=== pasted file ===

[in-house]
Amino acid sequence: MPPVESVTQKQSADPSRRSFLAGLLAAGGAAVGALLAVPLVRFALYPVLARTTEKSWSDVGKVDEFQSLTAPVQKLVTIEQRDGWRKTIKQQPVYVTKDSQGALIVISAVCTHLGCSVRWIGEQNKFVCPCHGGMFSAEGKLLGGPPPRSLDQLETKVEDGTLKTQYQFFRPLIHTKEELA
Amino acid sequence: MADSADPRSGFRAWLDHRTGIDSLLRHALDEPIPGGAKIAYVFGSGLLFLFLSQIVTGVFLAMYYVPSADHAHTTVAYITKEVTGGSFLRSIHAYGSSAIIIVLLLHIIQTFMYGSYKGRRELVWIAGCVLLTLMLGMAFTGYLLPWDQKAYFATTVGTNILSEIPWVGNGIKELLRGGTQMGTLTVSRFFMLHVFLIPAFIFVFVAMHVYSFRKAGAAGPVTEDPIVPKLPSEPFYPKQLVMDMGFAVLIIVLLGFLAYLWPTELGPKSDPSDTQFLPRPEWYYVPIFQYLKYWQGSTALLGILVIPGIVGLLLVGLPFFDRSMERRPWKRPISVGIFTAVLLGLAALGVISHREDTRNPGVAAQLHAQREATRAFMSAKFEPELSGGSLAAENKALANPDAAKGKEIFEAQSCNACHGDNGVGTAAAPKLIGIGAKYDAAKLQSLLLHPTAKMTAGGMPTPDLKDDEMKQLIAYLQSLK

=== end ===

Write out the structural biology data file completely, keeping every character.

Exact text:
[in-house]
Amino acid sequence: MPPVESVTQKQSADPSRRSFLAGLLAAGGAAVGALLAVPLVRFALYPVLARTTEKSWSDVGKVDEFQSLTAPVQKLVTIEQRDGWRKTIKQQPVYVTKDSQGALIVISAVCTHLGCSVRWIGEQNKFVCPCHGGMFSAEGKLLGGPPPRSLDQLETKVEDGTLKTQYQFFRPLIHTKEELA
Amino acid sequence: MADSADPRSGFRAWLDHRTGIDSLLRHALDEPIPGGAKIAYVFGSGLLFLFLSQIVTGVFLAMYYVPSADHAHTTVAYITKEVTGGSFLRSIHAYGSSAIIIVLLLHIIQTFMYGSYKGRRELVWIAGCVLLTLMLGMAFTGYLLPWDQKAYFATTVGTNILSEIPWVGNGIKELLRGGTQMGTLTVSRFFMLHVFLIPAFIFVFVAMHVYSFRKAGAAGPVTEDPIVPKLPSEPFYPKQLVMDMGFAVLIIVLLGFLAYLWPTELGPKSDPSDTQFLPRPEWYYVPIFQYLKYWQGSTALLGILVIPGIVGLLLVGLPFFDRSMERRPWKRPISVGIFTAVLLGLAALGVISHREDTRNPGVAAQLHAQREATRAFMSAKFEPELSGGSLAAENKALANPDAAKGKEIFEAQSCNACHGDNGVGTAAAPKLIGIGAKYDAAKLQSLLLHPTAKMTAGGMPTPDLKDDEMKQLIAYLQSLK